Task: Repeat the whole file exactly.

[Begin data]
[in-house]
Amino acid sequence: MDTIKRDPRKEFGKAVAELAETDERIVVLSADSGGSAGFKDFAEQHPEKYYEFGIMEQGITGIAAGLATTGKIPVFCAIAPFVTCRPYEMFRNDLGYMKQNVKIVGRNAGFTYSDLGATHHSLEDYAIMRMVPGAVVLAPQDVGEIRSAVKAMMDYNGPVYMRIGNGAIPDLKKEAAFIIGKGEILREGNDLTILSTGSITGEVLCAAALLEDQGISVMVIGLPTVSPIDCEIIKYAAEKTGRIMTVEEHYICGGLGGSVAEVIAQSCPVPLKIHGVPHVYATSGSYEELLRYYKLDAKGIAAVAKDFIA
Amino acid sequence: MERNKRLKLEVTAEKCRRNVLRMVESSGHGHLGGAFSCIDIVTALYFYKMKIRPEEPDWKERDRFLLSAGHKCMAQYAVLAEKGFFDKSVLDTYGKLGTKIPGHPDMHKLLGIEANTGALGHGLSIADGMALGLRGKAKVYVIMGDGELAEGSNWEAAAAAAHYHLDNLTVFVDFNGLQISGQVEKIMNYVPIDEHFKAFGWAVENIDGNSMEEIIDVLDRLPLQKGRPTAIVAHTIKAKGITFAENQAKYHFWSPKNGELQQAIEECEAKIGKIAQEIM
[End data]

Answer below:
[in-house]
Amino acid sequence: MDTIKRDPRKEFGKAVAELAETDERIVVLSADSGGSAGFKDFAEQHPEKYYEFGIMEQGITGIAAGLATTGKIPVFCAIAPFVTCRPYEMFRNDLGYMKQNVKIVGRNAGFTYSDLGATHHSLEDYAIMRMVPGAVVLAPQDVGEIRSAVKAMMDYNGPVYMRIGNGAIPDLKKEAAFIIGKGEILREGNDLTILSTGSITGEVLCAAALLEDQGISVMVIGLPTVSPIDCEIIKYAAEKTGRIMTVEEHYICGGLGGSVAEVIAQSCPVPLKIHGVPHVYATSGSYEELLRYYKLDAKGIAAVAKDFIA
Amino acid sequence: MERNKRLKLEVTAEKCRRNVLRMVESSGHGHLGGAFSCIDIVTALYFYKMKIRPEEPDWKERDRFLLSAGHKCMAQYAVLAEKGFFDKSVLDTYGKLGTKIPGHPDMHKLLGIEANTGALGHGLSIADGMALGLRGKAKVYVIMGDGELAEGSNWEAAAAAAHYHLDNLTVFVDFNGLQISGQVEKIMNYVPIDEHFKAFGWAVENIDGNSMEEIIDVLDRLPLQKGRPTAIVAHTIKAKGITFAENQAKYHFWSPKNGELQQAIEECEAKIGKIAQEIM